After so many “serious” pnr / uf books sometimes it’s nice to take a walk on the lighter side of the genre. So many vampire books now seem like copies of each other, and it takes something special to stand out amongst the crowd. The Jane Jameson books do this with their humour, intelligence and take on what it would be like to be turned vampire in a small(ish) town in Kentucky.
Humour, librarian heroine, creative ways to test if you are undead, interesting world building, family.
Quote that best sums up the lead (female) character:
“I am your sire. I am to guide you through your first days as a vampire. Your first feeding is a rite of passage, a sacrament. It will not be wasted on some hormone-driven frenzy. This is why I wanted you to feed from me.”
“I will not drink it in a house, I will not drink it with a mouse. I will not drink it
here or there, I will not drink it anywhere,” I wheezed, hoping I was able to communicate adequate sarcasm through the crippling belly cramps.
“Did you just quote Green Eggs and Ham?”
Nice Girls Don’t Have Fangs is the tale of a librarian who is turned vampire after she is shot by a drunk hunter who thought she was a deer. And I don’t mean “hunter” as in the usual dark heroic hunter of evil that normally occurs in vampire books, I mean hunter as in… well I’m picturing a drunk Elmer Fudd. The first book of this series deals with Jane’s being turned and how she adapts to her new lifestyle including how to tell her parents.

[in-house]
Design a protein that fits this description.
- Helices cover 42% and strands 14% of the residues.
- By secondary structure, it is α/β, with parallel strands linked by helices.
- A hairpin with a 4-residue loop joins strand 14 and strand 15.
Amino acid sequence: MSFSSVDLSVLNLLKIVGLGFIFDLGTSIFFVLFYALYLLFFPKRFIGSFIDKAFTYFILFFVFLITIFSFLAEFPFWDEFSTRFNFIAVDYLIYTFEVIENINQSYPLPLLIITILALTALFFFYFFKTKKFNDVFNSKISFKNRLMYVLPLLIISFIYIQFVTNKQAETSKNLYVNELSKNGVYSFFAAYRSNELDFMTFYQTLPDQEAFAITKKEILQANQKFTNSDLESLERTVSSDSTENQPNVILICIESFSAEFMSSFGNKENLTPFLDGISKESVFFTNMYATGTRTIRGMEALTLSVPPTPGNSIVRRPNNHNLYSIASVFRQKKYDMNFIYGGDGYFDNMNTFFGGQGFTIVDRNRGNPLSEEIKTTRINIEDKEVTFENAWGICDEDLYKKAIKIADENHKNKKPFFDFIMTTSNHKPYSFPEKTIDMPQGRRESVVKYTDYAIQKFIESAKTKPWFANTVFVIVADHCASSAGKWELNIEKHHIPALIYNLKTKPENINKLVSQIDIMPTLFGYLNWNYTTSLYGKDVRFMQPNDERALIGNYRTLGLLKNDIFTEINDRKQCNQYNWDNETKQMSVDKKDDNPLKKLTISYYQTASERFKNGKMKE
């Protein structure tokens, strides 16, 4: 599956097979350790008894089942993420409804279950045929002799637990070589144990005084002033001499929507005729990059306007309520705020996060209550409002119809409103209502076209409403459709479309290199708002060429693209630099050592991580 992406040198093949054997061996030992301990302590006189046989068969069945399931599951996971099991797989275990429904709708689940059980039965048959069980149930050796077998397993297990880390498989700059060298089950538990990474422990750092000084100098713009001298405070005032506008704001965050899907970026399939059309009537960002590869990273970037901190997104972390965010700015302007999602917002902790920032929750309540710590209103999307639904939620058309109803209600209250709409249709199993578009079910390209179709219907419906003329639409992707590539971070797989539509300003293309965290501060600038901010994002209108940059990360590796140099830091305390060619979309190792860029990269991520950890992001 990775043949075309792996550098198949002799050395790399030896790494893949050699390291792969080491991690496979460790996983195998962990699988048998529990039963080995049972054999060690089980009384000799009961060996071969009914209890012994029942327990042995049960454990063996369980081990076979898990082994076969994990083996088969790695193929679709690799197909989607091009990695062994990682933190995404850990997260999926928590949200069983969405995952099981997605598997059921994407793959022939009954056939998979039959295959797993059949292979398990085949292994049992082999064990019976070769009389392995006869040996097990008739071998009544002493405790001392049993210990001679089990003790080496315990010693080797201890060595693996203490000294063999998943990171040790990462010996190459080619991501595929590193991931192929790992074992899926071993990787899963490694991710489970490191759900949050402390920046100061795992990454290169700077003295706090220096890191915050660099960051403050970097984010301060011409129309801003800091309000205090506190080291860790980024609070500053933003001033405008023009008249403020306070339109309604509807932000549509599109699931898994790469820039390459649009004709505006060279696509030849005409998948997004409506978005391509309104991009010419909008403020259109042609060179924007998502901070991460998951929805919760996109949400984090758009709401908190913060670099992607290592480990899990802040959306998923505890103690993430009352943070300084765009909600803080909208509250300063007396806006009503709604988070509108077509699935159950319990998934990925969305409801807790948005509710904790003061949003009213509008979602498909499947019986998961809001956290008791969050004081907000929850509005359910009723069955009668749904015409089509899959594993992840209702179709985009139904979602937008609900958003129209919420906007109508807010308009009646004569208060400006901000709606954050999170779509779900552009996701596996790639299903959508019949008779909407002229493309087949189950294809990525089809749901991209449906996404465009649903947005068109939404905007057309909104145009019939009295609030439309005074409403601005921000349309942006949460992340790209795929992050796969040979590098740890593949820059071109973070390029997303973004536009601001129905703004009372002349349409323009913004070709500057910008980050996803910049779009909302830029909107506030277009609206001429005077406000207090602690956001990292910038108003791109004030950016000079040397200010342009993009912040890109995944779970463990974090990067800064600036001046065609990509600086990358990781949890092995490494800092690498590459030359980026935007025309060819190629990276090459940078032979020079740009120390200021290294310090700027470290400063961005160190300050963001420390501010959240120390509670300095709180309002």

This author has a talent for writing everyday people in extraordinary worlds. Jane is such a refreshingly normal character. I don’t mean normal as in a hyped up version of normal, I mean normal as in I could easily see knowing this person. Hell, who am I kidding, some of Jane’s personality traits I have to admit to having myself. She is snarky, funny, smart and refreshingly normal. She deals with her new condition in ways that most of us could relate to, although I don’t know if I would keep trying to kill myself because it’s cool that I don’t die, even if my best friend was there egging me on to test my new “powers”.
Her vampire sire is Gabriel, who fulfils the tall dark and handsome quota for the book. Oh, and mysterious… and he remains mysterious even when the book finishes. This is urban fantasy, so there’s not a HEA at the end of the book, instead the romance shifts along at a steady pace. The hero is not slick and sophisticated, and is at times utterly bewildered as to how to deal with Jane.
The secondary characters in this book are rich and full of depth and humour. The family situation has enough tension in it to give a sense of realism without seeming overdone and the friends are interesting without being sterotypical sidekicks. Part of the charm of the book is seeing how those around her deal with her change. And I have to admit to loving the concept of support groups for the friends and family of the newly turned.
Molly Harper’s version of what a world would look life if vampires were discovered to be real is one of the most realistic I’ve ever seen. She deals with so many of the issues that would actually occur that you can tell the amount of effort she has put into her world building including issues such as jobs, taxes and dealing with government paperwork. It’s one of the most light hearted, funniest books I’ve read in a long time, but because of the thought put into the world building it’s filled with charm and warmth and no-one comes across as fake or shallow (except those who are meant to be of course).
Amanda Ronconi’s narration brings the Jane Jameson world to life. It would have been so easy to make Jane sound like a flake or like a snarky b***h, but instead the narration adds to the warmth and the humour in the story.